“Do you ever feel you might have done it differently?” is the question that Tom Hanks’ character asks himself again and again in A Hologram For The King (adapted from Dave Eggers’ bestselling novel.) Alan Clay is a middle-aged, middle-class American businessman whose life is dribbling away from him. He has split up from his wife. He can no longer afford to pay his daughter’s college fees. There’s a lump on his back that may be cancerous. A last chance to save his career comes in the form of a trip to Saudi Arabia, where he is to pitch a potentially lucrative IT project involving holograms to the king.
This is a very strange film, perched between whimsy and despair. German writer-director Tom Tykwer is very good at capturing the sense of ennui and pointlessness that his protagonist feels as he wrestles with the metaphysical meaninglessness of existence. Hanks is often cast as the dependable American everyman type. Here, he shows a darker, more anxious side to that character. It is one of his richest recent performances. Bonhomie, optimism and wisecracking can only get Clay so far. His cheerfulness becomes harder and harder to maintain.
Tykwer is also sharp in his observations of the Middle East and its relations with westerners. There are many carpetbaggers looking to redeem their lives and make their fortunes in the desert kingdoms. Instead, what they find is the emptiness at the core of their own lives. For Clay, nothing seems very real or meaningful at all.
It seems crazy, though, for Tykwer to treat such downbeat material as the stuff of screwball comedy. The bleaker Clay’s predicament, the lighter and more facetious the storytelling becomes. The director isn’t above a certain self-conscious, post-modern jokiness. The opening sequence, in which we see Clay miming away to Talking Heads’ Once In A Lifetime as if he is trapped in a 1980s pop promo, is especially bizarre.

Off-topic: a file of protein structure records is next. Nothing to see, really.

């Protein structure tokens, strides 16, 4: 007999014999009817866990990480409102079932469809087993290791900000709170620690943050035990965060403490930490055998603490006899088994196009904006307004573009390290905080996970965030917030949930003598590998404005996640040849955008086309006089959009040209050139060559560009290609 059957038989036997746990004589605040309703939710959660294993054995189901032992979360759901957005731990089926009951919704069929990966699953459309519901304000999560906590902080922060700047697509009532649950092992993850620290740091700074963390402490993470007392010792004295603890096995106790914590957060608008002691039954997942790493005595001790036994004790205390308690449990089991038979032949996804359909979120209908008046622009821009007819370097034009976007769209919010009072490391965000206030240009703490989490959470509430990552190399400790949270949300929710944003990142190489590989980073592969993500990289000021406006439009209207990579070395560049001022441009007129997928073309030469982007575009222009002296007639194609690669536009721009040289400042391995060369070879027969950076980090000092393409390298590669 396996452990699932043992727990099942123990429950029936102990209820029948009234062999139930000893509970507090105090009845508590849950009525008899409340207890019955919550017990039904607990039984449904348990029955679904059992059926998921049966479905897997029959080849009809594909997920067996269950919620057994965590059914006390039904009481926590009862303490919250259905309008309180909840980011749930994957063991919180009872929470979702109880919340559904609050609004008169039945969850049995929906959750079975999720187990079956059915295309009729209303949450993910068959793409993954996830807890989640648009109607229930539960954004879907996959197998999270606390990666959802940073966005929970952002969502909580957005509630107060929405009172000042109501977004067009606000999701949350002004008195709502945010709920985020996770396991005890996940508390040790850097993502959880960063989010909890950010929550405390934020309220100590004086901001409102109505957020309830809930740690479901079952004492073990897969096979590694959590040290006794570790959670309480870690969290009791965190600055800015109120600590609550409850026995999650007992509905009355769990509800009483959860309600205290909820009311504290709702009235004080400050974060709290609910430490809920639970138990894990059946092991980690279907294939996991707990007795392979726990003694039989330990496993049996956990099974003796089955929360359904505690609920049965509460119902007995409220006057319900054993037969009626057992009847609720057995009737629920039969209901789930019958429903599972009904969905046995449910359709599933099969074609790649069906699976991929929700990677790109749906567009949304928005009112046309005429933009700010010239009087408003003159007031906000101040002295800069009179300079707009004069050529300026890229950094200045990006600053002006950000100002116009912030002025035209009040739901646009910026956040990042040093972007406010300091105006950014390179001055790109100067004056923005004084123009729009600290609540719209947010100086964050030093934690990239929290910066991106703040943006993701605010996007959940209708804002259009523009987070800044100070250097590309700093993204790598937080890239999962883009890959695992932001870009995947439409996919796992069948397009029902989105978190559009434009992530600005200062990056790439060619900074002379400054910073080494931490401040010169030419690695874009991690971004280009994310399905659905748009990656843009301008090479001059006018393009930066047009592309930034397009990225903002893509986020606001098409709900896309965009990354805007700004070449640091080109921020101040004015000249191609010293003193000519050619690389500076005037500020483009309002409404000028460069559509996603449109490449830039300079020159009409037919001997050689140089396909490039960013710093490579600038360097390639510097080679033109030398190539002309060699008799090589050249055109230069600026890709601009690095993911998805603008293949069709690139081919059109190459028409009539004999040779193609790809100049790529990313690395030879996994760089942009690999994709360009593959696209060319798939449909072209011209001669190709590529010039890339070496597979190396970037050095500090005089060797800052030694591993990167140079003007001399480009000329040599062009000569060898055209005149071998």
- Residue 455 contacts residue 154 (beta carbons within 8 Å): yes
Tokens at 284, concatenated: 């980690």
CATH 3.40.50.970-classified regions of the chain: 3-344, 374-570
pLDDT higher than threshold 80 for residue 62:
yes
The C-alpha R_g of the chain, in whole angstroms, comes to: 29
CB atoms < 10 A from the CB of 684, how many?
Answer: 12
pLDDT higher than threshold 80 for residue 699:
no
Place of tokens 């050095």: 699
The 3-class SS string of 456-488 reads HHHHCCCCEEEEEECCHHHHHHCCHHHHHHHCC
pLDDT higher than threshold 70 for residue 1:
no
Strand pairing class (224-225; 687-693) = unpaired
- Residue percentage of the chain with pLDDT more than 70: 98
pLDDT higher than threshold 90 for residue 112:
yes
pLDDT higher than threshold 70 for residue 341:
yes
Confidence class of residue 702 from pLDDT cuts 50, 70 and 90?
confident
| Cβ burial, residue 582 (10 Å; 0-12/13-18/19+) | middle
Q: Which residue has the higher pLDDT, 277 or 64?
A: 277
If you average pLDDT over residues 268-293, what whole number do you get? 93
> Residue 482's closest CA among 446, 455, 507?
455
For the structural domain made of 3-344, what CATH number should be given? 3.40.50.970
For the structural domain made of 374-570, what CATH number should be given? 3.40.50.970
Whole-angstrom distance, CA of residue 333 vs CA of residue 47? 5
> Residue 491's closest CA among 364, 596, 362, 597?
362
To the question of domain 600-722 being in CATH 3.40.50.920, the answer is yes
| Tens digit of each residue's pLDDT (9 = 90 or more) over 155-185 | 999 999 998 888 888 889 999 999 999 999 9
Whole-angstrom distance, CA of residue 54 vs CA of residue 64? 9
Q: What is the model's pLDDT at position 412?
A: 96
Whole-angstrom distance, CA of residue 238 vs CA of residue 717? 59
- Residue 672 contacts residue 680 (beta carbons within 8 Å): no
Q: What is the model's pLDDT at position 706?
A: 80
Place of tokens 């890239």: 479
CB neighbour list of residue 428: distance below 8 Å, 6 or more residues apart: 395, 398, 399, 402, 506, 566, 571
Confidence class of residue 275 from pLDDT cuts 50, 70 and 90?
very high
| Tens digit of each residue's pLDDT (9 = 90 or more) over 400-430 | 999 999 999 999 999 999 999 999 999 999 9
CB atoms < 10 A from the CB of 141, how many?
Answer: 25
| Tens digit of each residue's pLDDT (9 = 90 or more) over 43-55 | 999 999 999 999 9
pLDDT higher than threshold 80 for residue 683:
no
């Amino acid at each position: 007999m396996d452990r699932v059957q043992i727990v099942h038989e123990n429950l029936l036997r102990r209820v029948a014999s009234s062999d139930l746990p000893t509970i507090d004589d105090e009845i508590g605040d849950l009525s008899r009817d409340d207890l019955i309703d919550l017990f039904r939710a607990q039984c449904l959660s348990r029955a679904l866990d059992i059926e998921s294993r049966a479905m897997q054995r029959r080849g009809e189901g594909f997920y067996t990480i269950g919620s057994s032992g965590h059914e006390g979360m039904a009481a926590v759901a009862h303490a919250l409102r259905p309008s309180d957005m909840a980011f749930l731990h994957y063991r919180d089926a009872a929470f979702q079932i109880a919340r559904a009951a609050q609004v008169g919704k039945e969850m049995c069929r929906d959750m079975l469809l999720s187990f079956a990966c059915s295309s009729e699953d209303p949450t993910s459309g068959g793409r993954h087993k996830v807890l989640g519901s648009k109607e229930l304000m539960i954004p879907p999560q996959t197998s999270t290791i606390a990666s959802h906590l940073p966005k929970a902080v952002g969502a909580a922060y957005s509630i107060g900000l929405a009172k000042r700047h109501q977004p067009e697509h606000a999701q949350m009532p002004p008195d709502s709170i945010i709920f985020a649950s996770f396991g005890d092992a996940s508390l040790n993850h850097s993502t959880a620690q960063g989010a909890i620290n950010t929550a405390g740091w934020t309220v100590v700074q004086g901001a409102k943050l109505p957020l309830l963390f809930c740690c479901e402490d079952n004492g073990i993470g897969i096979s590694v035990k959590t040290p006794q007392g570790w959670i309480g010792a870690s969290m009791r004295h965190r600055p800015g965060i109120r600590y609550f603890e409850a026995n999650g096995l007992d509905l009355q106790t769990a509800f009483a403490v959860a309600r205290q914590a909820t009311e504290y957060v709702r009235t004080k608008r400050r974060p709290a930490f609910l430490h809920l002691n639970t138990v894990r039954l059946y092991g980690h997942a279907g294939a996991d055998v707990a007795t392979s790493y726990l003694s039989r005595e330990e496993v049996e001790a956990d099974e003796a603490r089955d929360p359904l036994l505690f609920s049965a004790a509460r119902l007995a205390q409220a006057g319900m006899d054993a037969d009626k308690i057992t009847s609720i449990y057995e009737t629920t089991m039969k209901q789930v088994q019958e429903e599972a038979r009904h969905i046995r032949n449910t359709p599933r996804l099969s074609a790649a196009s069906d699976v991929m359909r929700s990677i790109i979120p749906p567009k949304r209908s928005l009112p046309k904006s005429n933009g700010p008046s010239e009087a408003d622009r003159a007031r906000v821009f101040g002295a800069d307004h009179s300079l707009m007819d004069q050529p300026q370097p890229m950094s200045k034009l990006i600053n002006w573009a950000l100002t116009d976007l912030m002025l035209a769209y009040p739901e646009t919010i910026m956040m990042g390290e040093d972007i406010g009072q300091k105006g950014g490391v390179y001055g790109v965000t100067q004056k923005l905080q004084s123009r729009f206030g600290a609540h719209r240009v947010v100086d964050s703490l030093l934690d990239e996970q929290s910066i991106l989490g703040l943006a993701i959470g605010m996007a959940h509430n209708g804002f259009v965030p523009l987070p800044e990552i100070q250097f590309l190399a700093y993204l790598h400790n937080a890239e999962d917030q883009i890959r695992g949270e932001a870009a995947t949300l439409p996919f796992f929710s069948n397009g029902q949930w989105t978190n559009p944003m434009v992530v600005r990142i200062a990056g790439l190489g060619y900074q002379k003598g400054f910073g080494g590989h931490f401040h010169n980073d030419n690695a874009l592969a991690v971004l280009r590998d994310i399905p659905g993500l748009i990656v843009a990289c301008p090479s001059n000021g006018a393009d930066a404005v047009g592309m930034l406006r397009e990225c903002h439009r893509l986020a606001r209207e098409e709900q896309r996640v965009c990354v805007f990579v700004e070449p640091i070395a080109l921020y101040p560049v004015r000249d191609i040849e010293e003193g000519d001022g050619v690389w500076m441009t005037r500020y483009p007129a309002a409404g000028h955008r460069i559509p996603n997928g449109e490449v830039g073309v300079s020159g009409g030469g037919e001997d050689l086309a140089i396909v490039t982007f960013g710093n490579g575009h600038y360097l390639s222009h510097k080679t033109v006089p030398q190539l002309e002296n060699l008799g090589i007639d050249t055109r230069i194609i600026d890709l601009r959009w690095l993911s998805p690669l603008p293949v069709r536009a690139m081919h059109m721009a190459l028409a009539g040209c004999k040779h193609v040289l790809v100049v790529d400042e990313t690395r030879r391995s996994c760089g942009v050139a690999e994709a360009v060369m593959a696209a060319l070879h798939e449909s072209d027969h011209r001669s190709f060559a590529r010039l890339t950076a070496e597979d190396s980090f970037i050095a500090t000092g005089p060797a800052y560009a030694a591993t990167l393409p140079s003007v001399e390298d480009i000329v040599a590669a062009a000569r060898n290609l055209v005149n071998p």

As Clay and his younger colleagues wait in the desert for a meeting with the king, he is frequently on the verge of humiliation. When he tries to have sex with a Danish woman, he can’t manage it. When he jokes about being a member of the CIA, he risks being lynched. At first, he just isn’t able to decode the world around him. Even the behaviour (and musical tastes) off his genial driver Youssef (Alexander Black) perplexes him. The themes here are similar to those in Anomalisa, the brilliant recent animated feature by Charlie Kaufman and Duke Johnson that also looks at middle aged angst. The difference is that A Hologram For The King has a redemptive, comic undertow. If nothing is real or meaningful, then that means nothing needs to be taken too seriously. Instead of despair, there’s always romance and scuba diving.
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